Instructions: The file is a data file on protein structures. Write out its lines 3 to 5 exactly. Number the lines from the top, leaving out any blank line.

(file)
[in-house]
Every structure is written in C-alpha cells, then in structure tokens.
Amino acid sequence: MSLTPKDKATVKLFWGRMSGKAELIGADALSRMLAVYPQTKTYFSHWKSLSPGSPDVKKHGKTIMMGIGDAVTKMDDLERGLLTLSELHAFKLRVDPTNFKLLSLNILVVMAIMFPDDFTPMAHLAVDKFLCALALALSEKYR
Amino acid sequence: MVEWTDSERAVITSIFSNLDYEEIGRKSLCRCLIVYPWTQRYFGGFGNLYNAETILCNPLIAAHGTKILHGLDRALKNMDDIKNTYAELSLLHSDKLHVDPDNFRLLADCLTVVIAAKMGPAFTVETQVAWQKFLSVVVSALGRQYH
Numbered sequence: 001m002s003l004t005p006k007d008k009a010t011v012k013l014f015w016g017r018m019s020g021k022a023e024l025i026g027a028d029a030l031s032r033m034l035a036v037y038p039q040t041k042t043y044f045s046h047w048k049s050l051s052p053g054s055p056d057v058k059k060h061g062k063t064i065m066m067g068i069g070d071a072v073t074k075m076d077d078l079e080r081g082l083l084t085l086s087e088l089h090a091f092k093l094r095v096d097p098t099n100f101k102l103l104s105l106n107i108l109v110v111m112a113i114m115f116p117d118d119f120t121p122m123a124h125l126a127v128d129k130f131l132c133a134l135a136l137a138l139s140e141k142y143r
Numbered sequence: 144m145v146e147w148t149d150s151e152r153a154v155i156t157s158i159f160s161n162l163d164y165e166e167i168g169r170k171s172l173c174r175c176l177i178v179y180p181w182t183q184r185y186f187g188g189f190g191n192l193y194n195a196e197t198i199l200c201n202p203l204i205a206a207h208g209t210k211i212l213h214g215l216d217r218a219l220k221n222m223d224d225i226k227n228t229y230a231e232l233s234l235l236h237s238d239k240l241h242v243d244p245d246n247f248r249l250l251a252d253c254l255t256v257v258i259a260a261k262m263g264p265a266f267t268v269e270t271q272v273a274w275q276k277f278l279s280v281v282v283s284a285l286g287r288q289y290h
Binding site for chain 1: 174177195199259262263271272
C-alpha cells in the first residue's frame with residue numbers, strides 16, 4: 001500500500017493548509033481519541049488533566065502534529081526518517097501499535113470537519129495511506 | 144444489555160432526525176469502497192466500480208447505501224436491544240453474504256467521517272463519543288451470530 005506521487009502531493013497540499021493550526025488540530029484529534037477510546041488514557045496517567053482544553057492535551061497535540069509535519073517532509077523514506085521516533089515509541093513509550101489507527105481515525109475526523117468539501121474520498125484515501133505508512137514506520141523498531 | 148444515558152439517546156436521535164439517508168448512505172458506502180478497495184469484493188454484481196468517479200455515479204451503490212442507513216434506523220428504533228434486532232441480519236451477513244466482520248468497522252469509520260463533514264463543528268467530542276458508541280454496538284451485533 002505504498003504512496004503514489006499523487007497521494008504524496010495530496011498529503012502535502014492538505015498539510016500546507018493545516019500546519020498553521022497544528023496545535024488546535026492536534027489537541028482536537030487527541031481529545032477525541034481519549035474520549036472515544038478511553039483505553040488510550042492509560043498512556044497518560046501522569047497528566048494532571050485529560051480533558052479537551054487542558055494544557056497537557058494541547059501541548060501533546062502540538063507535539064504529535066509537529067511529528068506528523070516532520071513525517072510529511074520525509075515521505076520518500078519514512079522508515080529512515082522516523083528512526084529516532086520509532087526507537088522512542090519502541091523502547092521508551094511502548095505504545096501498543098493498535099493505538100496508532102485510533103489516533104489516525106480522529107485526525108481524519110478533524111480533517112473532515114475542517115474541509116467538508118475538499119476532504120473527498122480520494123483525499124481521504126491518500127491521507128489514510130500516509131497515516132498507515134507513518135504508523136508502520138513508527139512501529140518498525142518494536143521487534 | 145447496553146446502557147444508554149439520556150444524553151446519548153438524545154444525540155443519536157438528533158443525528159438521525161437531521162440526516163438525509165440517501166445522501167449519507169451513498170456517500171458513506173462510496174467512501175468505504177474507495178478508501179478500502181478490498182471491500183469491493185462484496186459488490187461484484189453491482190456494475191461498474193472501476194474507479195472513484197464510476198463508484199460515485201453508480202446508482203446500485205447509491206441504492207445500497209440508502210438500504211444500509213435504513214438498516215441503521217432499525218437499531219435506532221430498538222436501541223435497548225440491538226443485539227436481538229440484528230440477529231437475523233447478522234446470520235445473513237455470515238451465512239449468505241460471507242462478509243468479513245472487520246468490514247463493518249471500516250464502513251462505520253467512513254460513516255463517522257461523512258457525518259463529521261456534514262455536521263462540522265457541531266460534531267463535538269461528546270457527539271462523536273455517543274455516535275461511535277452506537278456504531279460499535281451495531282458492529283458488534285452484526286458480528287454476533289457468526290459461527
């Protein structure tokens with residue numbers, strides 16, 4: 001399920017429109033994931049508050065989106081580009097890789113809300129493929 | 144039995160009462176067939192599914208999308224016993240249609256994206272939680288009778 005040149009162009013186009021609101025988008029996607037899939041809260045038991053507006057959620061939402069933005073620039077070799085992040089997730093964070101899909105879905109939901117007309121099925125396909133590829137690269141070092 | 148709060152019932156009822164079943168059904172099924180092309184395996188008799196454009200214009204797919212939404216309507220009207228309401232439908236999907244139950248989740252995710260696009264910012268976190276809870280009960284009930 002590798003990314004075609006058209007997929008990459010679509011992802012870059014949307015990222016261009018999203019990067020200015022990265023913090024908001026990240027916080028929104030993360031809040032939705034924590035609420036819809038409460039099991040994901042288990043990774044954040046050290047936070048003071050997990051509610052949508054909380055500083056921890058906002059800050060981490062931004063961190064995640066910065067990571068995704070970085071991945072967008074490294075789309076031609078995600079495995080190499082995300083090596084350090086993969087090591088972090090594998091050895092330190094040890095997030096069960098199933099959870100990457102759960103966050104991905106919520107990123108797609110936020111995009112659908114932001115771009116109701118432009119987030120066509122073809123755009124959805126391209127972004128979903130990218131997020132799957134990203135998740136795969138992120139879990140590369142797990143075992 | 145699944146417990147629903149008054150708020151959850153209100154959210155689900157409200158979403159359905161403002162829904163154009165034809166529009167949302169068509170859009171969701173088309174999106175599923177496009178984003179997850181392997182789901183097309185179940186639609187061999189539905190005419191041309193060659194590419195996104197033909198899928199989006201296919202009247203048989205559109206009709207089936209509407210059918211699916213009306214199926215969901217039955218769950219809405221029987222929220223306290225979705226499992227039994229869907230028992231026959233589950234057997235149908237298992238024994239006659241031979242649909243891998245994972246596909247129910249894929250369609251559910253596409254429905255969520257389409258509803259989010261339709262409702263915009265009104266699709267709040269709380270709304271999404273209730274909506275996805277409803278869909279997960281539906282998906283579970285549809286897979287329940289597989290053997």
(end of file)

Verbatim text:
Amino acid sequence: MSLTPKDKATVKLFWGRMSGKAELIGADALSRMLAVYPQTKTYFSHWKSLSPGSPDVKKHGKTIMMGIGDAVTKMDDLERGLLTLSELHAFKLRVDPTNFKLLSLNILVVMAIMFPDDFTPMAHLAVDKFLCALALALSEKYR
Amino acid sequence: MVEWTDSERAVITSIFSNLDYEEIGRKSLCRCLIVYPWTQRYFGGFGNLYNAETILCNPLIAAHGTKILHGLDRALKNMDDIKNTYAELSLLHSDKLHVDPDNFRLLADCLTVVIAAKMGPAFTVETQVAWQKFLSVVVSALGRQYH
Numbered sequence: 001m002s003l004t005p006k007d008k009a010t011v012k013l014f015w016g017r018m019s020g021k022a023e024l025i026g027a028d029a030l031s032r033m034l035a036v037y038p039q040t041k042t043y044f045s046h047w048k049s050l051s052p053g054s055p056d057v058k059k060h061g062k063t064i065m066m067g068i069g070d071a072v073t074k075m076d077d078l079e080r081g082l083l084t085l086s087e088l089h090a091f092k093l094r095v096d097p098t099n100f101k102l103l104s105l106n107i108l109v110v111m112a113i114m115f116p117d118d119f120t121p122m123a124h125l126a127v128d129k130f131l132c133a134l135a136l137a138l139s140e141k142y143r